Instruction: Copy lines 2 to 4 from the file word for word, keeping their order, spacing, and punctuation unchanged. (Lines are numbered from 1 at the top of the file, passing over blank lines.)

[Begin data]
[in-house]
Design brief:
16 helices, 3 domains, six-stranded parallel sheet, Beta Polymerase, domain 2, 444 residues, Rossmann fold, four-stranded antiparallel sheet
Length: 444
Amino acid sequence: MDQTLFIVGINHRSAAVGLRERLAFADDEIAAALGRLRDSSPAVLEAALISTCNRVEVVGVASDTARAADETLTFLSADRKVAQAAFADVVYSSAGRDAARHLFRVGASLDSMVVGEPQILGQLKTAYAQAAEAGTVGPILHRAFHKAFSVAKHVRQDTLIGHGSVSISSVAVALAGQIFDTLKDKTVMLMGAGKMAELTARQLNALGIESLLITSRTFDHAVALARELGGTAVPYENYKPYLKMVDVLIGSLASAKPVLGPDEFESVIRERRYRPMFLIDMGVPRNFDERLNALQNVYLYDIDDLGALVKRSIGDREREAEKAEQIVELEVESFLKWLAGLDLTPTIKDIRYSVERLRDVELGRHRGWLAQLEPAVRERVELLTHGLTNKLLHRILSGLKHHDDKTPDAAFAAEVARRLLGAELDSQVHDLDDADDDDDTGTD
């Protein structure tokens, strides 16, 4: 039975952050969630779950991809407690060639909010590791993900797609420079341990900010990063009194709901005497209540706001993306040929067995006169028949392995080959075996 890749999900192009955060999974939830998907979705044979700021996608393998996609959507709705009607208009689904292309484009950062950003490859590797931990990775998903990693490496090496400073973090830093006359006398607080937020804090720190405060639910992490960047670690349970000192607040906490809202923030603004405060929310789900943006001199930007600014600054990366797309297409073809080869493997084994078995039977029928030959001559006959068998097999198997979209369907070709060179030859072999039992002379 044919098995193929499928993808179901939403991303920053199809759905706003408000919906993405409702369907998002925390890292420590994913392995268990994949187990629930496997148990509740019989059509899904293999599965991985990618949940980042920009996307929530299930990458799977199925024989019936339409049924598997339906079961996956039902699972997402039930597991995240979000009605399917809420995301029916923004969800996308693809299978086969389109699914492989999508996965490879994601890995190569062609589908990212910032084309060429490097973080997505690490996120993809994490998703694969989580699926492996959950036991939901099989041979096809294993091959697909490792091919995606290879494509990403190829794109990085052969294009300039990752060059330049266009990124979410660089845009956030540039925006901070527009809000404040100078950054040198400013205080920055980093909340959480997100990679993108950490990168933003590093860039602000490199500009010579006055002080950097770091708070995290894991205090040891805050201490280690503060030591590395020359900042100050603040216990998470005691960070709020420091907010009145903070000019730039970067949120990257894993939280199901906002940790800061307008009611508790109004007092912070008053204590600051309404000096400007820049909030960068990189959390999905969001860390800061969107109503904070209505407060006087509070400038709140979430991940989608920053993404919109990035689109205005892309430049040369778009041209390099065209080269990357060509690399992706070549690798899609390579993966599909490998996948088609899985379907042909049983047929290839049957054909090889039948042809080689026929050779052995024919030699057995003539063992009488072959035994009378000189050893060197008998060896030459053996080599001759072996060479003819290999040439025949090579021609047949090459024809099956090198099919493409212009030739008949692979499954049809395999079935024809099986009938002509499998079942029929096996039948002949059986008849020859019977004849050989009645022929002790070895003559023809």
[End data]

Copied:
Design brief:
16 helices, 3 domains, six-stranded parallel sheet, Beta Polymerase, domain 2, 444 residues, Rossmann fold, four-stranded antiparallel sheet
Length: 444